Once or twice each year, conservative syndicated columnist and TV pundit Robert Novak publishes a piece about Colombia. These are written with very heavy input from House Republican congressional staffers who, over the years, have played a leading role in making U.S. policy toward Colombia what it is today.
Hence the headline of Novakâ€™s latest missive, which appeared in the Washington Post and elsewhere: â€œDems balk at support for Colombiaâ€™s drug war.â€ Novak filed the column from Colombia, where he is paying a visit this week to vacationing President Ãlvaro Uribe at his ranch in rural CÃ³rdoba department (a zone so dominated by right-wing paramilitaries that it is practically an independent republic).
Recall that the Republicans are facing the possibility of losing control of the House of Representatives in Novemberâ€™s elections. It shouldnâ€™t surprise us, then, that Novak and others are reverting to the tired old tactic of tarring as â€œsoft on drugsâ€ everyone who opposes the present U.S. strategy in Colombia â€“ in this case, congressional Democrats.
|Novak’s column came with this illustration in Rep. McGovern’s hometown Boston Herald.|
But Novakâ€™s latest column goes still further. Those who would cut funding from aerial herbicide fumigation, he argues, are delivering a slap in the face to hundreds of brave Colombian policemen risking their lives to stop cocaine and heroin from coming to the United States.
He cites the debate three weeks ago over Rep. Jim McGovernâ€™s (D-Massachusetts) unsuccessful attempt to transfer $30 million out of the U.S.-funded fumigation program in Colombia. â€œDemocrats in the House voted 161-28 for McGovern’s disastrous cut in U.S. aid,â€ Novak writes. â€œThe House Republicans saved Colombia, but ardent young officers of the national police are anxious to win this war.â€
Novak doesn’t ask why these brave police are being asked to risk their lives for a strategy that, after more than a decade of fumigation, hasn’t done a thing about coca or opium in Colombia. Both the U.S. government and the UN tell us that Colombian coca cultivation increased last year, despite record levels of spraying, and that Plan Colombia, begun in 2000, has proved unable to alter supplies of cocaine. The price of the drug on U.S. streets is lower than it was when Plan Colombia began.
Novak also faults Democratic critics for being concerned about the May incident in JamundÃ, south of Cali, in which a military patrol apparently in the service of drug traffickers massacred an elite police counter-drug unit. Novak cites as â€œevidence of Colombiaâ€™s escape from degradation as a narco-terrorist stateâ€ the mere fact that the colonel who headed the army brigade has been detained while the attorney-general investigates.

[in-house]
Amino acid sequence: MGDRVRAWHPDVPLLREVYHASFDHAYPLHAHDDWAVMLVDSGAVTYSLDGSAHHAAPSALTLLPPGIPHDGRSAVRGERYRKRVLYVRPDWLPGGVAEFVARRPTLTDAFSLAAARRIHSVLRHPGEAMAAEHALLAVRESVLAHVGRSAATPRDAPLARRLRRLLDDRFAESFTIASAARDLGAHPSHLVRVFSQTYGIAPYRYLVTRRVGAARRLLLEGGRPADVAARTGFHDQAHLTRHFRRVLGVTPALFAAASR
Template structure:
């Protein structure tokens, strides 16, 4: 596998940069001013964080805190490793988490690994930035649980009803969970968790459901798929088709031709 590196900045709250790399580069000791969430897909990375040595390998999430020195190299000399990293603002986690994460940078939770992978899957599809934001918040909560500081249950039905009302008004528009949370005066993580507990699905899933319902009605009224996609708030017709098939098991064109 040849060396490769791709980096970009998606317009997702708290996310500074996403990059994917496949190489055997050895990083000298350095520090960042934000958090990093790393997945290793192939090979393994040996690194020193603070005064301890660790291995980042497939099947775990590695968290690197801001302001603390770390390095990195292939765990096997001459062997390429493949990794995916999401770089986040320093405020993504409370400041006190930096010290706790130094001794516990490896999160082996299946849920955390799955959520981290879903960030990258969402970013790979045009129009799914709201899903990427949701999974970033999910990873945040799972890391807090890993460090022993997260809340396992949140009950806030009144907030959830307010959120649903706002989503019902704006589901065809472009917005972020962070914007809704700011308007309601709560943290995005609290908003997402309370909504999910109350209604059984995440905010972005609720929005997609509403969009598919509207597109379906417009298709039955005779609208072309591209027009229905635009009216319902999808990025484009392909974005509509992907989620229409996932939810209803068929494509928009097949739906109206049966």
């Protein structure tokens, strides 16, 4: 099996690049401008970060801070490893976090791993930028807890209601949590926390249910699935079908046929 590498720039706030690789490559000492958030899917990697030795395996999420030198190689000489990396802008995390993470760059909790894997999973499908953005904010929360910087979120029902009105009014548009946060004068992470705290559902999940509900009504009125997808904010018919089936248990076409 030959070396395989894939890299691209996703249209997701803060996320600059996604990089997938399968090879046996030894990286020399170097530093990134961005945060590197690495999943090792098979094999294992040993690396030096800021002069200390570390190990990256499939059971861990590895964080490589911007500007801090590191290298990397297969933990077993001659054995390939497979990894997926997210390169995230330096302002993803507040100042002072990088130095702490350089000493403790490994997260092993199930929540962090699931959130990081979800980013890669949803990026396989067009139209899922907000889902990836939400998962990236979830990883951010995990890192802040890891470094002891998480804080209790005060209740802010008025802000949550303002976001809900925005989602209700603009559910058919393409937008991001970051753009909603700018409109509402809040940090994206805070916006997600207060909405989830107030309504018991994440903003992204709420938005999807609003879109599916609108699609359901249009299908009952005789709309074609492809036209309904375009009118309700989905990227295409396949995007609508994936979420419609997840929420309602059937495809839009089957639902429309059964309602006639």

What does Novak propose to turn the tide and start showing results? Nothing more than the same strategy that has so far failed to show any results.
He quotes a police official who calls on the U.S. government to add 15 new fumigation planes to Colombiaâ€™s current U.S.-supported fleet of 21 planes. This 70 percent increase in capacity would allow fumigation to grow from the current 140,000 to about 240,000 hectares per year. Each plane would need at least two new escort helicopters, plus contractor pilots, maintenance, fuel and all other associated costs. Novakâ€™s (and thus the House Republicansâ€™) proposal would cost hundreds of millions more dollars per year.
Weâ€™ve been down this road before. Plan Colombia in 2000 made possible a tripling of fumigation in Colombia. $4.7 billion later, it didn’t work. Why would a near-doubling be any different?
Instead of acknowledging real failures and joining the search for a policy that actually works, Novak and his congressional ghostwriters have decided that the best defense is a good offense. The column launches yet another desperate attack on the policyâ€™s growing circle of critics.
In Novakâ€™s worldview, those who dare to find fault with the current approach are soft on drugs, cruel to Colombiaâ€™s self-sacrificing police, â€œleft-wing,â€ and perhaps even in thrall to narcotraffickers. He cites Rosso JosÃ© Serrano, a former Colombian police chief who is a hero to U.S. drug warriors, who told him that claims of environmental damage from fumigation stem from â€œthe campaign, all over the world, of the drug traffickers,â€ and that pressure from narco-terrorists is the only reason why European governments refuse to support fumigation.
Why is Novak recurring to such irresponsible and baseless attacks? Clearly, because his side of the discussion has lost the debate on its merits. They see no other way to defend their chosen strategy. They see no other way to avoid a turn toward governance and poverty reduction, and away from spray planes and helicopters.
Tactics like Novakâ€™s are often successful in Washington, and can do much to forestall a revision of our failed anti-drug policy in Colombia. But it is vital that this revision come soon, despite the efforts of Novak and his allies. We owe it to the hundreds of Colombian police who continue to risk their lives for a strategy that simply isnâ€™t working.